“We don't have to invent anything. It's in how we integrate and operate it,” he says, citing lightweight carbon-fiber structures, high-efficiency solar cells, high-power-density batteries and miniaturized payloads. “This combination of technologies gives us a very lightweight aircraft with a really big span,” Raburn says, adding that this provides the area needed for solar energy collection and span loading required to withstand turbulence enroute to 65,000 ft.
Titan's 50-meter-span (164-ft.) Solar 50 will carry a payload of around 50 lb., increasing to 250 lb. for the 60-meter-span Solara 60. Endurance will start at weeks, “and we will build up to months,” Raburn says. “We don't know yet if it will go for years.” He cites uncertainty about how long components such as bearings will operate before breaking, or how many charge/discharge cycles that batteries will withstand. “We are learning a lot from the satellite industry,” he says.
The aircraft are being designed so new generations of higher-efficiency solar cells and higher-power-density batteries can be plugged in, extending endurance and increasing payload. “They are designed to be easily upgradable,” he says.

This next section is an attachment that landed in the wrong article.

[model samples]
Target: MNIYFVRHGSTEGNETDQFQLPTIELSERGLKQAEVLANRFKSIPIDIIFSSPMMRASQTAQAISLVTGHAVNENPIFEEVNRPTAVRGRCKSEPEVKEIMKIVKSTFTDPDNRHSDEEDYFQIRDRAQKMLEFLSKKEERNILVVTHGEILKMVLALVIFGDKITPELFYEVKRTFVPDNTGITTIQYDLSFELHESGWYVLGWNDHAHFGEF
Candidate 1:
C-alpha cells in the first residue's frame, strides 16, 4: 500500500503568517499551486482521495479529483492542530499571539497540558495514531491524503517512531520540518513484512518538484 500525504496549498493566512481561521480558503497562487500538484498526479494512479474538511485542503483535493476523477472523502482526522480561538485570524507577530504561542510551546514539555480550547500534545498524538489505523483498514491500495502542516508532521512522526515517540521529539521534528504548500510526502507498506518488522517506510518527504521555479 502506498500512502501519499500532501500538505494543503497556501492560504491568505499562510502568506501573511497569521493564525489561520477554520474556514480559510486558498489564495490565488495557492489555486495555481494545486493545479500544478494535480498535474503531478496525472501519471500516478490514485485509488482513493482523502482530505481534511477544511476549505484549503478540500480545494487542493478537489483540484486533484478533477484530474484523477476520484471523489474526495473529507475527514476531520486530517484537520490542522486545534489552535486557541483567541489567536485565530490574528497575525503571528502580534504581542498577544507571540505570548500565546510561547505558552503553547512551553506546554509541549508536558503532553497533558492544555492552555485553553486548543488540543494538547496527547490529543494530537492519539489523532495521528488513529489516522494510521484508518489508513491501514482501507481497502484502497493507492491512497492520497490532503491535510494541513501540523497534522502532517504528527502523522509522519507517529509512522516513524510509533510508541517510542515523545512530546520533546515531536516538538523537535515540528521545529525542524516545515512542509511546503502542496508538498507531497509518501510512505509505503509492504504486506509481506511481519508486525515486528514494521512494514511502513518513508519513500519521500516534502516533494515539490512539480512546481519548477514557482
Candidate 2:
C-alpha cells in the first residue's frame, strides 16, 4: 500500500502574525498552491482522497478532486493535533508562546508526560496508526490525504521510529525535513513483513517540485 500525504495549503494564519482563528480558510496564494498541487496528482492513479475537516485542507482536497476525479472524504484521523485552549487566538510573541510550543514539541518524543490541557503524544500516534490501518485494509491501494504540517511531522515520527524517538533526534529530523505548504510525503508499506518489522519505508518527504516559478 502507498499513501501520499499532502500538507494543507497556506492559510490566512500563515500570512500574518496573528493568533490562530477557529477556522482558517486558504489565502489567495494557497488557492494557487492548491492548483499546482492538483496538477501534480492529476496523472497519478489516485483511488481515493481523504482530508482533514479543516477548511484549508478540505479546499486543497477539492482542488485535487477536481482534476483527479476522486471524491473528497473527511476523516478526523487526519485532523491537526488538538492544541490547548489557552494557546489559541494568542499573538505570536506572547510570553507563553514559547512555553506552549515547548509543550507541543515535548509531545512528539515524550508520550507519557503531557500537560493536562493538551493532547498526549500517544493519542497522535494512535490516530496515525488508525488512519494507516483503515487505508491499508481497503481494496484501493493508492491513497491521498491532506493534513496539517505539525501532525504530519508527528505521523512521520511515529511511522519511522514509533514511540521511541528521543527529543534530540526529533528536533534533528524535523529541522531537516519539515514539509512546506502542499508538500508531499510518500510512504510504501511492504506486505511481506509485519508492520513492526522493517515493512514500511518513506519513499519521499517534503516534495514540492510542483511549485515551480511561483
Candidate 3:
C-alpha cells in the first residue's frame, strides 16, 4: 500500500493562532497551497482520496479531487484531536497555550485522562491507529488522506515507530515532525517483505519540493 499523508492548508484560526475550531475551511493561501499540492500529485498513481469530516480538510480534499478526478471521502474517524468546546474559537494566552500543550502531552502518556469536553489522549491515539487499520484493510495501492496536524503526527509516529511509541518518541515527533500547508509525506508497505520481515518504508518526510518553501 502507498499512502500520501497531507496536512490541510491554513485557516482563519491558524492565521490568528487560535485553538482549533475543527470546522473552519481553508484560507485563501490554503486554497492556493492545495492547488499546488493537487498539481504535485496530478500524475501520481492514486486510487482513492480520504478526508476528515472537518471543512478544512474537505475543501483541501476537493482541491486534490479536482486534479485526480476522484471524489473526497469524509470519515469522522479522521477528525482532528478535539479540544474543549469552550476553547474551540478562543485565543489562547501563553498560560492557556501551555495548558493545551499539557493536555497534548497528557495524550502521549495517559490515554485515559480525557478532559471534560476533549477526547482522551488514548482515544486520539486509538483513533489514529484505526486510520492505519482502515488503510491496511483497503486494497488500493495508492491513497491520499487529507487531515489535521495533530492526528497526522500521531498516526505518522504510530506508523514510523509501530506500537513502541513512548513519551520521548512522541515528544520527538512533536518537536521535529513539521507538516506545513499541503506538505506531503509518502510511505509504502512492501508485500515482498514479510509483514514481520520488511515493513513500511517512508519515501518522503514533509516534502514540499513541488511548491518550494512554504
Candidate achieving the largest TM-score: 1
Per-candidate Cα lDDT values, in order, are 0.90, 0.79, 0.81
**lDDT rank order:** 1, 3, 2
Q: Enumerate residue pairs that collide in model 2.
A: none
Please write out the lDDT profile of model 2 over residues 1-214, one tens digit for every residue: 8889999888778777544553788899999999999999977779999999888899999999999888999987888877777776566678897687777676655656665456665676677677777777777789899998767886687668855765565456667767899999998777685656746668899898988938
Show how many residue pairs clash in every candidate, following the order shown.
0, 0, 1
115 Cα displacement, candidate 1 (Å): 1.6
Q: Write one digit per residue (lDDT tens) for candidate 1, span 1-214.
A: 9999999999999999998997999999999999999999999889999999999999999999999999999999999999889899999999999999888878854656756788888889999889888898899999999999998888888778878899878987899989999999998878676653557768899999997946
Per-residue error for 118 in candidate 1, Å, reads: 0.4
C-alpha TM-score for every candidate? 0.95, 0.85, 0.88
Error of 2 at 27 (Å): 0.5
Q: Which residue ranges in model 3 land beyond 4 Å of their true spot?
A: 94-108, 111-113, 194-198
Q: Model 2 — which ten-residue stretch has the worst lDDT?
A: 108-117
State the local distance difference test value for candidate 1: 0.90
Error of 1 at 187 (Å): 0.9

First flight of the Solara 50 is expected in late spring, and Titan plans a year-long test program while it works with the FAA on certification and prepares for production and operation. Certification is a major hurdle to be overcome. The FAA is only beginning to allow commercial operations by civil UAVs and is starting with systems already operated by the Pentagon. “The FAA is an issue, but we hope they will be ready,” says Raburn. “I am cautiously optimistic.”
Whether Titan's business model will be selling UAVs or providing services, “we don't yet—it could be either or both,” he says. “There is not a market there today, but we think there is going to be and that we fit into a slot that cannot be done with UAVs today.”